Disneyland Paris conjures up bumper profits despite strikes

Disneyland Paris conjures up bumper profits despite strikes

Disney’s Parisian theme park complex has delivered a welcome boost to the embattled Hollywood giant, generating $343.4m (€317m) in profits and royalties despite a wave of strikes last summer.

Sales at Disneyland Paris – Europe’s most-visited tourist destination – were driven to record levels by higher room rates and the opening of a site built around Marvel’s hit Avengers movies.

It caps a bumper year for the entertainment group’s profitable parks arm, which has been shoring up the wider business amid weaker box office returns and losses generated by its Disney+ streaming platform.

Disney and Bob Iger, its CEO, are set to face a showdown this week as the activist investor Nelson Peltz campaigns for a strategy overhaul and seats on the company’s board. Investors will vote on his demands at its annual meeting on Wednesday.

While Disney does not itemize the earnings of individual parks in its quarterly filings, the performance of Disneyland Paris is detailed in the accounts of Euro Disney Associés, its French parent company, and a wholly owned subsidiary of Disney.

Revenue rose 23.5% to an all-time high of $3.1bn (€2.9bn) in the year to 30 September 2023.

Net profits hit $174.4m (€161m) – from a $50.9m (€47m) loss the previous year – as room rates at its pricey on-site hotels surged. On top of this, Disneyland Paris also paid Disney royalties of $169m (€156m) in return for using its brands and characters.

Last year’s profit boost was driven by the resort’s entertainment district, as well as its hotels, which are themed to regions of the US. These were behind 21.7% of total revenue, but generated 56.6% of the operating profit.

The bulk of the revenue comes from its flagship Disneyland Park and the neighboring movie-themed Walt Disney Studios, which, according to data from the infrastructure analysts AECOM, attracted 15.3 million guests in 2022.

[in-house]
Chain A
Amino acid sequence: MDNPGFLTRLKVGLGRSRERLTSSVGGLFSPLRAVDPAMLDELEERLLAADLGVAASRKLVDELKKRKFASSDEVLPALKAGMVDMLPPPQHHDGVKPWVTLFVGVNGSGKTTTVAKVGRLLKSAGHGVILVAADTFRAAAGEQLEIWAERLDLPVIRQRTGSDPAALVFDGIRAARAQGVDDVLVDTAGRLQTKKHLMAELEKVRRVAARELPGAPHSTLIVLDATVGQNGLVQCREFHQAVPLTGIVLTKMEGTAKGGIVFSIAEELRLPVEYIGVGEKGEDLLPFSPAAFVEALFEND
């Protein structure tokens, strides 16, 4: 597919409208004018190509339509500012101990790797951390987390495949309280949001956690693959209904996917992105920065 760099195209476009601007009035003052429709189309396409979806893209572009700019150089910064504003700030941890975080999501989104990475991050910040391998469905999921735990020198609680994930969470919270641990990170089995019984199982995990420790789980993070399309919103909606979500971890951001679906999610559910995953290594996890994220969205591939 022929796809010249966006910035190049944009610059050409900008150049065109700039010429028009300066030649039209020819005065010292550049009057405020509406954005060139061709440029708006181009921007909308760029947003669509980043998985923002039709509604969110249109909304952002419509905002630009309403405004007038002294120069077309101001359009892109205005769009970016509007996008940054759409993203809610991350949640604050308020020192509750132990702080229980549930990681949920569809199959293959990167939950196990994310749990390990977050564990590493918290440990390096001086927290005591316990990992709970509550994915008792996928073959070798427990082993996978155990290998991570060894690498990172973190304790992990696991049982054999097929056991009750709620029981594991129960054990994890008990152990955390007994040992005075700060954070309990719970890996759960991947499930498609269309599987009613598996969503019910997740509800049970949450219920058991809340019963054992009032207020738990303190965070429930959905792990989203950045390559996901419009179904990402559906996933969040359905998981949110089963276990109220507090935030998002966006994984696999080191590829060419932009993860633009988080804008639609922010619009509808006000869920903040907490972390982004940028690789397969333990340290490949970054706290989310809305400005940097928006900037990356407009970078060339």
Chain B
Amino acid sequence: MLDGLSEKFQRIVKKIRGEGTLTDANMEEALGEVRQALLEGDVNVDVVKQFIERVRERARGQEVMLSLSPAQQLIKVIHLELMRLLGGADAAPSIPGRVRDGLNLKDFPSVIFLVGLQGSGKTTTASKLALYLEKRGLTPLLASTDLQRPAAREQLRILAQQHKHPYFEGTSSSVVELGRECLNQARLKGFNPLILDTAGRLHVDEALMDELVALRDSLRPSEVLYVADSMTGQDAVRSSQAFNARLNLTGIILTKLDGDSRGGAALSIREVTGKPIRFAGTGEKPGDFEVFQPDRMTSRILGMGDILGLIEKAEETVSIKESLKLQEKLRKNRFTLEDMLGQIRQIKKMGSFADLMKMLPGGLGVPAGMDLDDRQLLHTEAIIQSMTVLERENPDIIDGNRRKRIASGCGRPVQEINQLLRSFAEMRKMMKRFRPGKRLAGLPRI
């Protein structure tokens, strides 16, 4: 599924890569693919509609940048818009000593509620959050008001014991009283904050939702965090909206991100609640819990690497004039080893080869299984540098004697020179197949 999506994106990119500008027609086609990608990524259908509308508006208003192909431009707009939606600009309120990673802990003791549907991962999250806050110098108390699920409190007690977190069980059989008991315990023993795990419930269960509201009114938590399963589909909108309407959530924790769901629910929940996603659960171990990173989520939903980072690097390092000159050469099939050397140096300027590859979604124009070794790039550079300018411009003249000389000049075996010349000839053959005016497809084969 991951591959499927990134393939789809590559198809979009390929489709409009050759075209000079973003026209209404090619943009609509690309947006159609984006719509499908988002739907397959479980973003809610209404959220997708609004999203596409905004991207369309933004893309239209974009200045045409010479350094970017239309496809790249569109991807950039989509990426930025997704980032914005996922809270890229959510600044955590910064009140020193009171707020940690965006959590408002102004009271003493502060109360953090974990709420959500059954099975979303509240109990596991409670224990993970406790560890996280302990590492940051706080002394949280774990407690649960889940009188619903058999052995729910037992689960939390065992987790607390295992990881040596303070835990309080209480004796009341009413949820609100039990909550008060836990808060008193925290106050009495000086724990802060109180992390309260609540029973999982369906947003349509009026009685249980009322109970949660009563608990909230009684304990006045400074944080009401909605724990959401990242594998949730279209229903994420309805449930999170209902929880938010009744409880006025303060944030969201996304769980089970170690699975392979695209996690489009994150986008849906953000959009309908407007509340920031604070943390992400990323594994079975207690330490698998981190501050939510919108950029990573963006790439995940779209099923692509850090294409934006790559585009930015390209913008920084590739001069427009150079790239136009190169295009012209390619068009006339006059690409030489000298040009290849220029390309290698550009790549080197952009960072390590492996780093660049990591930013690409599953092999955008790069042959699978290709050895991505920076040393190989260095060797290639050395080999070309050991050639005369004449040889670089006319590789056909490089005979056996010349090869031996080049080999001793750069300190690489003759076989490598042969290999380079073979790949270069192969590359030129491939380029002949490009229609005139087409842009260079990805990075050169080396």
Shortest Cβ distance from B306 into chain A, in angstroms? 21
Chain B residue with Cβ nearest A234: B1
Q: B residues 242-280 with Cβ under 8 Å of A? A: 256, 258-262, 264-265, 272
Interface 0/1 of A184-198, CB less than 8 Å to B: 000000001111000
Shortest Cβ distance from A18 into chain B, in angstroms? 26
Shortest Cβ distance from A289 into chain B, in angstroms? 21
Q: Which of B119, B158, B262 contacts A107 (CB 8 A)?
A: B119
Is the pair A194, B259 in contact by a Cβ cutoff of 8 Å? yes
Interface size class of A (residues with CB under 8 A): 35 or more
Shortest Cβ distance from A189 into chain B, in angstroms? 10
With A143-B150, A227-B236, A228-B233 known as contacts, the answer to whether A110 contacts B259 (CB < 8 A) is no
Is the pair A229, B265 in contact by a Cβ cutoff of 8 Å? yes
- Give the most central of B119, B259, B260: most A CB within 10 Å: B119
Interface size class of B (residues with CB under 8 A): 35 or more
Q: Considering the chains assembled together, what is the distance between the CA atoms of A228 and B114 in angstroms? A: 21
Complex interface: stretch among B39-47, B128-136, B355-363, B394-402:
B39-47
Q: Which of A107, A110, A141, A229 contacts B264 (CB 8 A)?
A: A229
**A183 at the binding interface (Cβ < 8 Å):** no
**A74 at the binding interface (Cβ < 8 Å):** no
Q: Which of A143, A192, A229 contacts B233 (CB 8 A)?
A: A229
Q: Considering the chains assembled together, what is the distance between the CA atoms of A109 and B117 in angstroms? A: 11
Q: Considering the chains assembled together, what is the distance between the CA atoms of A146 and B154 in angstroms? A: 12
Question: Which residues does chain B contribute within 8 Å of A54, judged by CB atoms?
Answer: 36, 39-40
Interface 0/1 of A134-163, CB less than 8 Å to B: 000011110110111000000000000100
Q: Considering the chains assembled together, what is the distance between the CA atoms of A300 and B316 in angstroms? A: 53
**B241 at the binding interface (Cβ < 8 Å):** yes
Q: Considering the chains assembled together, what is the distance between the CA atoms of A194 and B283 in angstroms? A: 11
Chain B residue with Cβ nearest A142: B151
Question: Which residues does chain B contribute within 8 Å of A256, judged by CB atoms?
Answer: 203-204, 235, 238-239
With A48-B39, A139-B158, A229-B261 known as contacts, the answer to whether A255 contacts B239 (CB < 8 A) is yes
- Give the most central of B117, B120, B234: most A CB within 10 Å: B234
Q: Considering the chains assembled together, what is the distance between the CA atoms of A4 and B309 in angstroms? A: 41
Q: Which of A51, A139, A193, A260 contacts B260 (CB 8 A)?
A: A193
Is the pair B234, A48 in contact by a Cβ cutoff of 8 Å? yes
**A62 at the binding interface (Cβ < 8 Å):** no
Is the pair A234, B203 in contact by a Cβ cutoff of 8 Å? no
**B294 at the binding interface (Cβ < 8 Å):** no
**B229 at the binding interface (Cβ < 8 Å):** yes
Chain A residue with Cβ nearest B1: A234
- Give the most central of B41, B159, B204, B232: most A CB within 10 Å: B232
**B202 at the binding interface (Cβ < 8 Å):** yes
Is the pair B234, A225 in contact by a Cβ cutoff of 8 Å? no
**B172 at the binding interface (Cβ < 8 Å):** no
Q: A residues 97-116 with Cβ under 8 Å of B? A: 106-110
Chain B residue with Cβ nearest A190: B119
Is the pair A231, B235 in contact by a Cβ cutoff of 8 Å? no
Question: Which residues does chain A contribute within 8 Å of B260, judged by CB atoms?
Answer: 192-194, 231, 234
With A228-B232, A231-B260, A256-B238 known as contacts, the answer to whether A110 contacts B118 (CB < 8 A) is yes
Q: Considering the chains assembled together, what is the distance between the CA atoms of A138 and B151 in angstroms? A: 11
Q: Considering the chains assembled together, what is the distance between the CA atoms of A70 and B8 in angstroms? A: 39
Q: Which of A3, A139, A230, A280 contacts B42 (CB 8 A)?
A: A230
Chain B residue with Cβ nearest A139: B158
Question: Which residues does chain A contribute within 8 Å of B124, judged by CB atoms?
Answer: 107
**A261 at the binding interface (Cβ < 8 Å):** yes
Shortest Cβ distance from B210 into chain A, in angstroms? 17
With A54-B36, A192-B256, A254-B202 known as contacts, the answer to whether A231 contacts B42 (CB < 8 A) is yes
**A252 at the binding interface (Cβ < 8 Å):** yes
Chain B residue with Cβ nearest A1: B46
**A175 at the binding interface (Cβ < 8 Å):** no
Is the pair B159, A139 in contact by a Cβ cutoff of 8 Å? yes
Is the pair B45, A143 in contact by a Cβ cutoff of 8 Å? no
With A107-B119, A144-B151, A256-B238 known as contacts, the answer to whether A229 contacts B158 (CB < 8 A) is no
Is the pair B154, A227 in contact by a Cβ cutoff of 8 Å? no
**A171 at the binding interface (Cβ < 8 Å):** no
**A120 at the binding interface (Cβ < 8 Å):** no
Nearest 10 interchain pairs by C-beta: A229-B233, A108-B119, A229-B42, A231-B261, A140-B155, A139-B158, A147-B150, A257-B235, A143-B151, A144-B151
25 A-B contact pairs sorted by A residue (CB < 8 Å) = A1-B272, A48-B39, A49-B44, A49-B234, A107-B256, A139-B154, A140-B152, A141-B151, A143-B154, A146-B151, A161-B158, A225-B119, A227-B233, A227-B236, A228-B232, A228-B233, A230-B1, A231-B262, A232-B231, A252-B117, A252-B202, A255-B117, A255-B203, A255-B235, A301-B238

Disneyland Paris has had a rollercoaster ride since its ornate iron gates swung open for the first time in 1992, having been rocked by resistance from French workers, recessions and the onset of Covid-19. It has only posted a net profit 11 times.

Prices have soared since Disneyland Paris reopened after the pandemic with rates at its four-star Hotel New York more than doubling, according to data from Disney.

The resort is famous for its fairytale atmosphere, but that was interrupted last May and June by chants and whistles as hundreds of staff repeatedly marched on strike through the parks.

Workers – known as cast members due to their playful roles in the park – were dealing with the economic cost of runaway inflation in France, where the cost of electricity had risen almost fourfold since Russia invaded Ukraine.

The strikers wanted a monthly wage rise of $217 (€200), as well as improvements to the bonus given to long-serving staff and increased pay for working on Sundays. A dark spell was cast over the Magic Kingdom, as protesters blocked the Victorian-themed Main Street at the heart of the Disneyland Park and waved placards.

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“Aladdin [in] need of a pay rise” was scrawled on one. Another said: “Coralie, who has been with the company for 14 years, isn’t on strike today because one day away from work would put her in the red.”

The crescendo came when the strikers caused the cancellation of the nightly fireworks show in the Disneyland Park. Staff were eventually granted a 5.5% pay rise at the end of September.

Industrial action didn’t stop visitors streaming through the turnstiles. Disneyland Paris is home to Europe’s only theme park based on Marvel’s Avengers movies, and 2023 was its first full year of operation. The glitzy opening ceremony was attended by the Oscar winner Brie Larson, who plays the super-powered Captain Marvel in the movies.

The Avengers Campus is part of a $2.1bn expansion, with the next stage a land based on the wildly popular animated film Frozen. The accounts reveal that the value of the assets under construction at Disneyland Paris nearly doubled to $754m (€696m) last year which “mainly reflects the investment linked to the development plan for the Walt Disney Studios park and the renovation work of the Disneyland Hotel”.

The palatial pink hotel at the entrance to the Disneyland Park reopened in January, with its prices reportedly stretching up to £9,000 per night for the Frozen-inspired royal suite.

Grey clouds continue to loom over the resort, however. Disney recently announced a decrease in attendance at Disneyland Paris during the first quarter of 2024, along with “higher costs, primarily attributable to increased operations support costs and inflation”.

Source: theguardian.com